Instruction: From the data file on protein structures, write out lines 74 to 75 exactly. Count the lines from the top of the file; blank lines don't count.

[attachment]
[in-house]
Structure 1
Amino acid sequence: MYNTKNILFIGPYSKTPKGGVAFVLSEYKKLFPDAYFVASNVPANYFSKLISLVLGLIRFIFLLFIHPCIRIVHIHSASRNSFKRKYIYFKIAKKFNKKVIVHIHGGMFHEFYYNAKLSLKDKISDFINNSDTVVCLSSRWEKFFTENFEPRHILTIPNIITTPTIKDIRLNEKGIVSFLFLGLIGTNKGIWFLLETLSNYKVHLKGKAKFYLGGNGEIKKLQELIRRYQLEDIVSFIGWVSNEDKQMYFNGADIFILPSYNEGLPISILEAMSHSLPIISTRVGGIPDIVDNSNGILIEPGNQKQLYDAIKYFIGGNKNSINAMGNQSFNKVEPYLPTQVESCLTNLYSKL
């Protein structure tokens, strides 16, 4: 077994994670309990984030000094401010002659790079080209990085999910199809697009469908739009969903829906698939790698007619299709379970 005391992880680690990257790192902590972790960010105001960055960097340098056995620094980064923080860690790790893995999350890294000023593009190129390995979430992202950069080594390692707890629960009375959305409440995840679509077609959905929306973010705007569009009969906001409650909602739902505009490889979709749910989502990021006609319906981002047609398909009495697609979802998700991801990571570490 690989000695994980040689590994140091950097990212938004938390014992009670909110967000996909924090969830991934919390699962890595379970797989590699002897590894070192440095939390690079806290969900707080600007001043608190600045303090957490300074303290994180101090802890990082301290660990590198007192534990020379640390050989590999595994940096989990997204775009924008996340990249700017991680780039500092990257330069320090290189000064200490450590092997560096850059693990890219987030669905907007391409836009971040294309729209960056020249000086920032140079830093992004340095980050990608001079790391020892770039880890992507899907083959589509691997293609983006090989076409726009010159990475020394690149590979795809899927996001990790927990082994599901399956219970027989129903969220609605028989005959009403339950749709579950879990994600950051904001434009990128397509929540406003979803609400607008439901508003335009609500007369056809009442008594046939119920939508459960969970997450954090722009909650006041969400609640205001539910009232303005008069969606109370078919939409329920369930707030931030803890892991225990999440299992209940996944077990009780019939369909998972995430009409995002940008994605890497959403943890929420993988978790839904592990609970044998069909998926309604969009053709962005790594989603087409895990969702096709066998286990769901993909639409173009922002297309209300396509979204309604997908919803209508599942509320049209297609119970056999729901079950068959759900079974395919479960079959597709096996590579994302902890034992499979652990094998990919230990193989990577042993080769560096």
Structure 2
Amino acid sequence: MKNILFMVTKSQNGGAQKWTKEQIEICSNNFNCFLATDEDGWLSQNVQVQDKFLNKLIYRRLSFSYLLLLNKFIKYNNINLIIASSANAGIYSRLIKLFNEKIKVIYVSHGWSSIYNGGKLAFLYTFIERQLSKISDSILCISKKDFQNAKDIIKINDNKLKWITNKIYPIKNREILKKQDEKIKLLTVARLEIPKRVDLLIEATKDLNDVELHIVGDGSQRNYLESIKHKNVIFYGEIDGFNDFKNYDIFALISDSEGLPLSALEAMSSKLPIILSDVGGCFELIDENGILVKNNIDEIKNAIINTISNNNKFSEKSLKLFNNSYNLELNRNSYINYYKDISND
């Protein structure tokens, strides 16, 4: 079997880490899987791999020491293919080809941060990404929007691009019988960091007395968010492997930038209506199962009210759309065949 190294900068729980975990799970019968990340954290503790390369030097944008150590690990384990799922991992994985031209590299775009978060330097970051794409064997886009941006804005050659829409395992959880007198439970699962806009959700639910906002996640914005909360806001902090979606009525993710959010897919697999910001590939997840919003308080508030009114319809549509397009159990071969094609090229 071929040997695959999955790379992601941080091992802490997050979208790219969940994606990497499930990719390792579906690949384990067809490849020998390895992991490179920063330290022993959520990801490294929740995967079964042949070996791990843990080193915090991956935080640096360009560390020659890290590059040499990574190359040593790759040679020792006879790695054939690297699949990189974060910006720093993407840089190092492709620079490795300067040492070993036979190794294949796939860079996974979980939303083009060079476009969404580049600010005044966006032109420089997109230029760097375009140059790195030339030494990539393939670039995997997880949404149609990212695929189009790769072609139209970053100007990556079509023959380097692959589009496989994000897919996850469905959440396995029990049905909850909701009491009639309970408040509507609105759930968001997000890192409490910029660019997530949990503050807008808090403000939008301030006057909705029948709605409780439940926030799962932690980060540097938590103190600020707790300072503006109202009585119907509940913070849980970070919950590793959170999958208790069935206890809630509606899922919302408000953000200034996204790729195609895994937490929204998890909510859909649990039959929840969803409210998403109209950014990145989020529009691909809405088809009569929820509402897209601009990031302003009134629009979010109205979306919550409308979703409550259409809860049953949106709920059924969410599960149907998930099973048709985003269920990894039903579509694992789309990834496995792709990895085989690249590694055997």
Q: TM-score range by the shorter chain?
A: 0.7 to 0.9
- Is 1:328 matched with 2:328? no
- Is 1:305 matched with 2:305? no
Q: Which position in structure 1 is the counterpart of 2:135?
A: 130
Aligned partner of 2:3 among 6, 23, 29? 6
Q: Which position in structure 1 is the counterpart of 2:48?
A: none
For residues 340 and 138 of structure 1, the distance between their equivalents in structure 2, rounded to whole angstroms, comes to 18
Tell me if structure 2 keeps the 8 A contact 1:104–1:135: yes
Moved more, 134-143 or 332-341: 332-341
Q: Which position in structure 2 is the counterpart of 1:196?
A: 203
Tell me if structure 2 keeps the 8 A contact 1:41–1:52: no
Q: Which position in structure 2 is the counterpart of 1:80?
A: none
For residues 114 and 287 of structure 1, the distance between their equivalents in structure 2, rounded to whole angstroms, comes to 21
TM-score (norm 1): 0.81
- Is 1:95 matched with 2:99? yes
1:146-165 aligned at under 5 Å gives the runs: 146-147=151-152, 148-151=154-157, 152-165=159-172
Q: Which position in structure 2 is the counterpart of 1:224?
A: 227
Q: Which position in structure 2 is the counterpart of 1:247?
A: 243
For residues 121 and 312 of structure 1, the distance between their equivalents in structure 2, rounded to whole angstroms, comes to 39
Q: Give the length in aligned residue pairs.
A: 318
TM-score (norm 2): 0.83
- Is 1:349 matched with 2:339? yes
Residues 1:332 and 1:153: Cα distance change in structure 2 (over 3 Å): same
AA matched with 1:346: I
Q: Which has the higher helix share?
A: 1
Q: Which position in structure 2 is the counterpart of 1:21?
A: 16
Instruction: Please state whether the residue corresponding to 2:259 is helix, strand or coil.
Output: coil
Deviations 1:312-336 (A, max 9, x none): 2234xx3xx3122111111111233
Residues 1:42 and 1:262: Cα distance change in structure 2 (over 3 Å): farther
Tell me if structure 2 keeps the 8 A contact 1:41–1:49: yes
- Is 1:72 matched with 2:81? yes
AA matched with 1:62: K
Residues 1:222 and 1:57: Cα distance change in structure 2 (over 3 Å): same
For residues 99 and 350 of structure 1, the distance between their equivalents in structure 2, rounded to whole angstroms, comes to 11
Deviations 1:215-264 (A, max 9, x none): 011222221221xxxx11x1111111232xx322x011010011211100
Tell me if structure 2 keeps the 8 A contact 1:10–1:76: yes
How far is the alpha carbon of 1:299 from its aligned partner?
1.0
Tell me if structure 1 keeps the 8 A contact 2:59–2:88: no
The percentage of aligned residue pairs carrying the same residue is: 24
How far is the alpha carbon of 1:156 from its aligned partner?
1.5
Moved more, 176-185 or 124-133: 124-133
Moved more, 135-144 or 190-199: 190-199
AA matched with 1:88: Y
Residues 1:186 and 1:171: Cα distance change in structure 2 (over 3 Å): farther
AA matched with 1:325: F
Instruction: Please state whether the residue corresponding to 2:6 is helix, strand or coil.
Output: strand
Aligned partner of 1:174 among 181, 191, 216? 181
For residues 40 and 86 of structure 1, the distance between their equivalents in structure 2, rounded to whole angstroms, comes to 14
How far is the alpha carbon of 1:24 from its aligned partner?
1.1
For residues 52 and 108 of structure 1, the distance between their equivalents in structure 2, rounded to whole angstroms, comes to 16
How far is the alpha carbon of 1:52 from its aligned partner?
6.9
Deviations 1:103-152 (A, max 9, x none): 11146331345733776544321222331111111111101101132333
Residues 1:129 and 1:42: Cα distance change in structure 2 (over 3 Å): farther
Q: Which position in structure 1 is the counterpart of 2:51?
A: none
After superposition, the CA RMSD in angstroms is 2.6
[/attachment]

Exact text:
6.9
Deviations 1:103-152 (A, max 9, x none): 11146331345733776544321222331111111111101101132333